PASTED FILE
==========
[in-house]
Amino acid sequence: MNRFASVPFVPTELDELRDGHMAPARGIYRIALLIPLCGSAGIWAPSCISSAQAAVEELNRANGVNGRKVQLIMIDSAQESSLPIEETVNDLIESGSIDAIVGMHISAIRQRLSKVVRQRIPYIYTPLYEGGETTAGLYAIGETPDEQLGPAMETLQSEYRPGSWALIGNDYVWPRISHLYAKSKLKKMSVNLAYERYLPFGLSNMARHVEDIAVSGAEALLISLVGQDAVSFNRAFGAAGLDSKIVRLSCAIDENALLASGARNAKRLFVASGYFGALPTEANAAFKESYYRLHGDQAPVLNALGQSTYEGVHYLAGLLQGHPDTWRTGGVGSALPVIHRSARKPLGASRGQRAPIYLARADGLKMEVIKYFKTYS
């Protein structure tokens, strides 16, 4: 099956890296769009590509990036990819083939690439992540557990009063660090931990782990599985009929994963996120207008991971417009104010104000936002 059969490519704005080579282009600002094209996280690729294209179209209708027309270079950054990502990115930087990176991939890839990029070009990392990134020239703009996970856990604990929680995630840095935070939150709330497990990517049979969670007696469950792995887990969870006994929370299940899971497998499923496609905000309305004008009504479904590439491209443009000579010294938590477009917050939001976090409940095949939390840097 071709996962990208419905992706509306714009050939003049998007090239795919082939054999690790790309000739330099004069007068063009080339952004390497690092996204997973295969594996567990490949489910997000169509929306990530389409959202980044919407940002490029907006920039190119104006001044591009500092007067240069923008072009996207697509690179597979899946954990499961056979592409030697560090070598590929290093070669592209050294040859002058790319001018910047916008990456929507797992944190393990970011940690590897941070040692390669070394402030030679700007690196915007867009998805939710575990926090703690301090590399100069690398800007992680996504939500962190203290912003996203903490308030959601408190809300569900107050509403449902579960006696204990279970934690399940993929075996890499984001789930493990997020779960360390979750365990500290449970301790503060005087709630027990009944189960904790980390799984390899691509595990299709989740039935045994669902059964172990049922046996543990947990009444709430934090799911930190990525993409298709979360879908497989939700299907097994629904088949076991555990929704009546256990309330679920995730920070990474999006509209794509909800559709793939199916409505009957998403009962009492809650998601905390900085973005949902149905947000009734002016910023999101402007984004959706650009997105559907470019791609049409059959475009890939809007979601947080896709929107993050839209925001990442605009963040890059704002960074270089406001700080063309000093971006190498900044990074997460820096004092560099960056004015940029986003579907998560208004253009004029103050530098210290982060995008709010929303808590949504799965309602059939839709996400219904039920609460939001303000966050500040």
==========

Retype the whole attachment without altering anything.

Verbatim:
[in-house]
Amino acid sequence: MNRFASVPFVPTELDELRDGHMAPARGIYRIALLIPLCGSAGIWAPSCISSAQAAVEELNRANGVNGRKVQLIMIDSAQESSLPIEETVNDLIESGSIDAIVGMHISAIRQRLSKVVRQRIPYIYTPLYEGGETTAGLYAIGETPDEQLGPAMETLQSEYRPGSWALIGNDYVWPRISHLYAKSKLKKMSVNLAYERYLPFGLSNMARHVEDIAVSGAEALLISLVGQDAVSFNRAFGAAGLDSKIVRLSCAIDENALLASGARNAKRLFVASGYFGALPTEANAAFKESYYRLHGDQAPVLNALGQSTYEGVHYLAGLLQGHPDTWRTGGVGSALPVIHRSARKPLGASRGQRAPIYLARADGLKMEVIKYFKTYS
């Protein structure tokens, strides 16, 4: 099956890296769009590509990036990819083939690439992540557990009063660090931990782990599985009929994963996120207008991971417009104010104000936002 059969490519704005080579282009600002094209996280690729294209179209209708027309270079950054990502990115930087990176991939890839990029070009990392990134020239703009996970856990604990929680995630840095935070939150709330497990990517049979969670007696469950792995887990969870006994929370299940899971497998499923496609905000309305004008009504479904590439491209443009000579010294938590477009917050939001976090409940095949939390840097 071709996962990208419905992706509306714009050939003049998007090239795919082939054999690790790309000739330099004069007068063009080339952004390497690092996204997973295969594996567990490949489910997000169509929306990530389409959202980044919407940002490029907006920039190119104006001044591009500092007067240069923008072009996207697509690179597979899946954990499961056979592409030697560090070598590929290093070669592209050294040859002058790319001018910047916008990456929507797992944190393990970011940690590897941070040692390669070394402030030679700007690196915007867009998805939710575990926090703690301090590399100069690398800007992680996504939500962190203290912003996203903490308030959601408190809300569900107050509403449902579960006696204990279970934690399940993929075996890499984001789930493990997020779960360390979750365990500290449970301790503060005087709630027990009944189960904790980390799984390899691509595990299709989740039935045994669902059964172990049922046996543990947990009444709430934090799911930190990525993409298709979360879908497989939700299907097994629904088949076991555990929704009546256990309330679920995730920070990474999006509209794509909800559709793939199916409505009957998403009962009492809650998601905390900085973005949902149905947000009734002016910023999101402007984004959706650009997105559907470019791609049409059959475009890939809007979601947080896709929107993050839209925001990442605009963040890059704002960074270089406001700080063309000093971006190498900044990074997460820096004092560099960056004015940029986003579907998560208004253009004029103050530098210290982060995008709010929303808590949504799965309602059939839709996400219904039920609460939001303000966050500040």